INGLEWOOD — It can be one of the loneliest moments a fighter can endure when, as the B side, they stand in their corner and wait.
And, make no mistake, Alexis Rocha made Southern Californian boxing rival Giovani Santillan wait and wait as he made his ring walk Saturday at The Forum in Inglewood.
Then, when he did, the crowd came alive: "Rocha! Rocha! Rocha!"
Giovani Santillan silences Rocha's support a vicious win
Santillan finished Rocha, in style, in only six rounds as he etches his name alongside Emmanuel Navarette when it comes to winning brutally but beautifully in 2023 — an ongoing year of big fights and even bigger performances.
And the 31-year-old showed very early how bad his intentions were in this fight as he bloodied Rocha's nose in the first, which started gushing even more profusely by the second.
ProBox TV had heard throughout the week that these two welterweights knew each other well. So well, in fact, that they'd sparred around 50 rounds with one another with the most recent session earlier this year.
But, make no mistake, people. There were no niceties in the ring. These weren't fighters who were treating each other like training partners as they treated one another like they were owed money.
It wasn't just money at stake this weekend as the winner — with Terence Crawford and Errol Spence Jr. looking likely to move to 154-pounds — would be in prime position to usher in a new era at 147.
This was about the promise of championships, fame, and legacy. And boy, did Rocha and Santillan fight like that.
Unperturbed by the blood, Rocha fought his way back into the bout in the second and third, with shots to the body, but it was still not yet enough to swing any of those rounds in his favor, as Santillan combined aggression with accuracy.
In the middle rounds and likely 4-0 down, it was clear Rocha — the pre-fight favorite — needed something big to swing the momentum in his favor.
But this slug-fest was Santillan's to own as he sent Rocha crashing to the canvas with heavy punches in the fifth round. Rocha needed a lot of time to get back up, and was down again moments later but it was ruled a slip.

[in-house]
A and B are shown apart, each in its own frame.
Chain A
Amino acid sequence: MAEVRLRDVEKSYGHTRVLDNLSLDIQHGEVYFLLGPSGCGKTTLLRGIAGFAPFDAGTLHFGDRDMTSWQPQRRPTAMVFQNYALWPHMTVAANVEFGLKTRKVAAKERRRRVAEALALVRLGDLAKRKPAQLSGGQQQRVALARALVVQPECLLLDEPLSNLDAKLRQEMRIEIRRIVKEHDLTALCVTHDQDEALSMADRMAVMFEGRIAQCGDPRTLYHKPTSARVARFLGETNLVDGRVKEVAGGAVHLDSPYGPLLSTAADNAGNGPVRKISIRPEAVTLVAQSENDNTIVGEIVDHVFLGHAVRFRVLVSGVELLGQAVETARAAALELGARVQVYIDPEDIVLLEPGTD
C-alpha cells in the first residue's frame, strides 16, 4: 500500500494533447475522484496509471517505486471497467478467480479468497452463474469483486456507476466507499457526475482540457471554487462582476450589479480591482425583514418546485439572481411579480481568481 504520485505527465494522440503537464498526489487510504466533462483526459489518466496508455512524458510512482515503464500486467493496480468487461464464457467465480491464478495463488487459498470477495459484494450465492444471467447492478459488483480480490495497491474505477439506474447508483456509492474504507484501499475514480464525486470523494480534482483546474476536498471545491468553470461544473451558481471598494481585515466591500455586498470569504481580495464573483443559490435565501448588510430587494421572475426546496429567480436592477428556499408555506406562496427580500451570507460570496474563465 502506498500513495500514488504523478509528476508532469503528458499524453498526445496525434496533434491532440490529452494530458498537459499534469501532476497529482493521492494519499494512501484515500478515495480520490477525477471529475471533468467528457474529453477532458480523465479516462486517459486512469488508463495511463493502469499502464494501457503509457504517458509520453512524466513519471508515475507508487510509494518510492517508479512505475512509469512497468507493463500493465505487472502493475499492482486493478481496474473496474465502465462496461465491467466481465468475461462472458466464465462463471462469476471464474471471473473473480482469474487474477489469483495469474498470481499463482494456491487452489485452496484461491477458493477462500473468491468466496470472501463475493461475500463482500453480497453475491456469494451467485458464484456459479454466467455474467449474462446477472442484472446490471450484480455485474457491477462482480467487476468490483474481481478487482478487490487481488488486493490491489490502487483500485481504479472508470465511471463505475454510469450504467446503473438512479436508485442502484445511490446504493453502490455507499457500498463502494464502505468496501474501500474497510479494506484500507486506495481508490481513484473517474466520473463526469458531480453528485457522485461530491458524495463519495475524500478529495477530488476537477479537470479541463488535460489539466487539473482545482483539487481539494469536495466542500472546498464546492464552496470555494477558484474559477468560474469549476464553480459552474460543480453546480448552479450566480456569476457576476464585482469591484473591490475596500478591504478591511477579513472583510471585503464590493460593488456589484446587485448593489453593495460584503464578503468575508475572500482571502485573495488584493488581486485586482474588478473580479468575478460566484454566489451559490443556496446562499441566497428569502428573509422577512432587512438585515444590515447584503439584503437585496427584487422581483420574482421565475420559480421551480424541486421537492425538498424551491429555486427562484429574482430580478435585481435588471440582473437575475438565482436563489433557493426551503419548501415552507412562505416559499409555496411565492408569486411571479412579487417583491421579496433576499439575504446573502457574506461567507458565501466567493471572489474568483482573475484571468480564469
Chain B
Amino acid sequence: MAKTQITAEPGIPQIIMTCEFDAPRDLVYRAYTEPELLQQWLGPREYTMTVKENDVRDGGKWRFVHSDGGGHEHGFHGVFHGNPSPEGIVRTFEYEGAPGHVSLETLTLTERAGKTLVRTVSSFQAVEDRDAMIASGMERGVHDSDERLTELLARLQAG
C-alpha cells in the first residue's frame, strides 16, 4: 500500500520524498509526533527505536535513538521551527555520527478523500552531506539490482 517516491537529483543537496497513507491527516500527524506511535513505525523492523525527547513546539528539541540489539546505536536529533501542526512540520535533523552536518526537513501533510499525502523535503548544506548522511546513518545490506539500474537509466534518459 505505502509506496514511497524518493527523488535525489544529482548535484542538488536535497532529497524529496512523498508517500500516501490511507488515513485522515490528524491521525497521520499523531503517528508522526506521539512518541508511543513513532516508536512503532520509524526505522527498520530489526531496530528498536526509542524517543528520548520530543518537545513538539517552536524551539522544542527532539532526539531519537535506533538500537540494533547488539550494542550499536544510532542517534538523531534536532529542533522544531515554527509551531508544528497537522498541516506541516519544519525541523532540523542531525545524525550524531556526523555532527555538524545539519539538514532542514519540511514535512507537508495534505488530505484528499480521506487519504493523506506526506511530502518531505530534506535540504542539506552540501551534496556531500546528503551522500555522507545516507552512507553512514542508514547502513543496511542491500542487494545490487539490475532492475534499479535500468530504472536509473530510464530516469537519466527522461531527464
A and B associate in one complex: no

All this did was rouse Santillan, who clobbered Rocha so hard the sweat flew off his head.
Rocha got a moment's respite when the referee warned Santillan about punching to the back of the head.
Despite the rest, all the momentum remained with Santillan who dropped Rocha hard for a second time in the fight with it looking likelier that the referee, or Rocha's trainer Hector Lopez, could stop the bout unless Rocha delivered something big after losing a 10-7 round.
Rocha then went out into the sixth, but it was a round he never finished as Santillan closed the show with an uppercut, right hands, and lefts.
It was a brutal end to a brutal fight.
But an incredible win, and performance, for Santillan.
This time, it was Rocha's turn to feel what Santillan felt at the start. Even loneliner than being made to wait in the ring for a fight, is the cold world that awaits after a boxer on the rise suffers an upset knockout loss, in a fight in which he was expected to win.
In a year that has delivered big fights, Santillan wrote his name alongside the likes of Navarette and Terence Crawford when it came to the most exciting performances that only a sport like boxing can provide.
Victory advanced the unbeaten San Diego boxer's record to 32 (17 KOs), as Santillan now proceeds further to a well-deserved world title shot.